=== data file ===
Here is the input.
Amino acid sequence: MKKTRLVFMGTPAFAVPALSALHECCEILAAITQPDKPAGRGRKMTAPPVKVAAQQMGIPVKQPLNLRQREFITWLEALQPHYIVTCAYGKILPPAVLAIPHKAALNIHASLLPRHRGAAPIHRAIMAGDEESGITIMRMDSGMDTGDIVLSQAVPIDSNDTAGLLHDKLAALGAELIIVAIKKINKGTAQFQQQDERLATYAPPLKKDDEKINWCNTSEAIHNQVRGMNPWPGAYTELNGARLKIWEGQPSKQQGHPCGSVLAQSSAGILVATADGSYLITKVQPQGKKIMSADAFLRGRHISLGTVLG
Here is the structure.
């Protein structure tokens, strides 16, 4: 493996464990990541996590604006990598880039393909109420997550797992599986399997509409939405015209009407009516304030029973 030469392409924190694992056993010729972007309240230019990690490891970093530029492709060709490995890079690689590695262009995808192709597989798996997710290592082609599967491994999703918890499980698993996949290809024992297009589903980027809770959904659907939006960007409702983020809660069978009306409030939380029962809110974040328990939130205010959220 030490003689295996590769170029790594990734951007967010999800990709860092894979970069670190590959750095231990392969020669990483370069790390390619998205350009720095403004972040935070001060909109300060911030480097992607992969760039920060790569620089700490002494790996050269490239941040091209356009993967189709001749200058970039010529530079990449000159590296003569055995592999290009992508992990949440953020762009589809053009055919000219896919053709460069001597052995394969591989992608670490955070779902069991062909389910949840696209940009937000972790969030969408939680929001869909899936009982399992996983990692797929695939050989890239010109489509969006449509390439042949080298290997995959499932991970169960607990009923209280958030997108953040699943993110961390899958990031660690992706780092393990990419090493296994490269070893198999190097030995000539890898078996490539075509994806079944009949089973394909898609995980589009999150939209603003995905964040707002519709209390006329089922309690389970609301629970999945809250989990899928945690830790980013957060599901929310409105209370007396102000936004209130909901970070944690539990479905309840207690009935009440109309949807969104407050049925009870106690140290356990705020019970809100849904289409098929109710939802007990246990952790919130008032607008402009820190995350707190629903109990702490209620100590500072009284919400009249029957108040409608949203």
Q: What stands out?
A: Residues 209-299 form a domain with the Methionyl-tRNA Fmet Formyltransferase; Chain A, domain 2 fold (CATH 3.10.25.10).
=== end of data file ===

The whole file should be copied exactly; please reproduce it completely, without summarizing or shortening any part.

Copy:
Here is the input.
Amino acid sequence: MKKTRLVFMGTPAFAVPALSALHECCEILAAITQPDKPAGRGRKMTAPPVKVAAQQMGIPVKQPLNLRQREFITWLEALQPHYIVTCAYGKILPPAVLAIPHKAALNIHASLLPRHRGAAPIHRAIMAGDEESGITIMRMDSGMDTGDIVLSQAVPIDSNDTAGLLHDKLAALGAELIIVAIKKINKGTAQFQQQDERLATYAPPLKKDDEKINWCNTSEAIHNQVRGMNPWPGAYTELNGARLKIWEGQPSKQQGHPCGSVLAQSSAGILVATADGSYLITKVQPQGKKIMSADAFLRGRHISLGTVLG
Here is the structure.
């Protein structure tokens, strides 16, 4: 493996464990990541996590604006990598880039393909109420997550797992599986399997509409939405015209009407009516304030029973 030469392409924190694992056993010729972007309240230019990690490891970093530029492709060709490995890079690689590695262009995808192709597989798996997710290592082609599967491994999703918890499980698993996949290809024992297009589903980027809770959904659907939006960007409702983020809660069978009306409030939380029962809110974040328990939130205010959220 030490003689295996590769170029790594990734951007967010999800990709860092894979970069670190590959750095231990392969020669990483370069790390390619998205350009720095403004972040935070001060909109300060911030480097992607992969760039920060790569620089700490002494790996050269490239941040091209356009993967189709001749200058970039010529530079990449000159590296003569055995592999290009992508992990949440953020762009589809053009055919000219896919053709460069001597052995394969591989992608670490955070779902069991062909389910949840696209940009937000972790969030969408939680929001869909899936009982399992996983990692797929695939050989890239010109489509969006449509390439042949080298290997995959499932991970169960607990009923209280958030997108953040699943993110961390899958990031660690992706780092393990990419090493296994490269070893198999190097030995000539890898078996490539075509994806079944009949089973394909898609995980589009999150939209603003995905964040707002519709209390006329089922309690389970609301629970999945809250989990899928945690830790980013957060599901929310409105209370007396102000936004209130909901970070944690539990479905309840207690009935009440109309949807969104407050049925009870106690140290356990705020019970809100849904289409098929109710939802007990246990952790919130008032607008402009820190995350707190629903109990702490209620100590500072009284919400009249029957108040409608949203």
Q: What stands out?
A: Residues 209-299 form a domain with the Methionyl-tRNA Fmet Formyltransferase; Chain A, domain 2 fold (CATH 3.10.25.10).